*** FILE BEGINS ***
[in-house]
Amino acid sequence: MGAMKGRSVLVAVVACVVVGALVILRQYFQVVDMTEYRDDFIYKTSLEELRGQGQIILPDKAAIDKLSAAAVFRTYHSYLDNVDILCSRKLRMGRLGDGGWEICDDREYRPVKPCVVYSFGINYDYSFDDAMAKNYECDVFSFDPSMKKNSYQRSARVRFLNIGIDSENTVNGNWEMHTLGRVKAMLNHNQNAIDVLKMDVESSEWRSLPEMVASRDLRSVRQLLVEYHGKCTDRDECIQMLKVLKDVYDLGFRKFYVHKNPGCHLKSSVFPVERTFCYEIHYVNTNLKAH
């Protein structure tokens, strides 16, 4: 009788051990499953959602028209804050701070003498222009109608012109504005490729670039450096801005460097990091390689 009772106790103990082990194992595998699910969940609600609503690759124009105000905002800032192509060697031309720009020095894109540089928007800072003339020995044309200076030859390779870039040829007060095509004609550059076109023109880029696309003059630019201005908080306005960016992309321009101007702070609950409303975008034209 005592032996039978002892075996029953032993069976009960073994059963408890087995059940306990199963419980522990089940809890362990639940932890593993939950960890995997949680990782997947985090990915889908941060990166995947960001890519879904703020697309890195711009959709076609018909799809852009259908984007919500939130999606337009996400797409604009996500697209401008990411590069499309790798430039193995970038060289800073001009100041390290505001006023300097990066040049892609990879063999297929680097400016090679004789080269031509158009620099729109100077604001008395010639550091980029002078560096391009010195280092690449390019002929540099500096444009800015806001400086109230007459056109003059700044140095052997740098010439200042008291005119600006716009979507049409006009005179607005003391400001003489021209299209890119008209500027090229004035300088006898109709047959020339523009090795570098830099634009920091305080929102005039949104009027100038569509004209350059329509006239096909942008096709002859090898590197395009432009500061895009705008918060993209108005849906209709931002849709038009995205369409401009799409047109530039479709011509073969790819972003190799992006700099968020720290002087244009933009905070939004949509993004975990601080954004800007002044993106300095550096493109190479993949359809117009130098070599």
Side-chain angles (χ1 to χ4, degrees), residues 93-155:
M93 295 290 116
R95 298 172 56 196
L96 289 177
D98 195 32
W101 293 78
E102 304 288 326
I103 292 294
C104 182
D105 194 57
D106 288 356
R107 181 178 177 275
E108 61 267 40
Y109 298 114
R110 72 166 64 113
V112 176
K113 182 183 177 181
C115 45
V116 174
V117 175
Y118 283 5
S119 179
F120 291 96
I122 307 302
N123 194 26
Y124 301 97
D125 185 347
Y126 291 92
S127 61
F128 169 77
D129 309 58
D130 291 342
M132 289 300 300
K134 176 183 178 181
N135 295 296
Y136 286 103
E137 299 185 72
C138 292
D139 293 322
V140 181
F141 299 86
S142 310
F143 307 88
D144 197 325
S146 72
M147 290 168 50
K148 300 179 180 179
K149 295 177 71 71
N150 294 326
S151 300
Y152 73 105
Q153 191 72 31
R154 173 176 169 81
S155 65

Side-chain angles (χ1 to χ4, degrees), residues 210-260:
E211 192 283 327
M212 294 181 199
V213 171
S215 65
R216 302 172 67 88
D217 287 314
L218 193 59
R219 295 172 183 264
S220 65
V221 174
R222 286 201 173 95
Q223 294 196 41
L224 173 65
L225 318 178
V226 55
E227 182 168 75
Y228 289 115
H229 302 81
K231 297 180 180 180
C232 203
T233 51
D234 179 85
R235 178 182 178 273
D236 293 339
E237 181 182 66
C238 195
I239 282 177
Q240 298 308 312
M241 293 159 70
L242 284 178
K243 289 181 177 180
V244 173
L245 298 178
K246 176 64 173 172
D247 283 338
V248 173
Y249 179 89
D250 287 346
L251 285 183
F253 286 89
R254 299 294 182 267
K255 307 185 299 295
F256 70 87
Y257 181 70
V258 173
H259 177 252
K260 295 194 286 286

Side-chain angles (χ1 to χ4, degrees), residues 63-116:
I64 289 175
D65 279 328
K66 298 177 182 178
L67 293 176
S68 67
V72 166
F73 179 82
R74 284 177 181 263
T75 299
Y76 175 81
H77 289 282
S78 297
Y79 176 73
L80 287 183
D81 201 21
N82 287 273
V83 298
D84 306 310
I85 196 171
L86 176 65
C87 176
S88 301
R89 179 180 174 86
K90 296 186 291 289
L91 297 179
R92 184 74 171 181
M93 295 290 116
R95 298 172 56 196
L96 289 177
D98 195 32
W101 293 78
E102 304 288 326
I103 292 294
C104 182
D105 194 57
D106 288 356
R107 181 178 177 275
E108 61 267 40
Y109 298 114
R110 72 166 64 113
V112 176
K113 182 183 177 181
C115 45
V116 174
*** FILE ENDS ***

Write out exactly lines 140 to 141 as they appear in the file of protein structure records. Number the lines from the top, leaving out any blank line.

C104 182
D105 194 57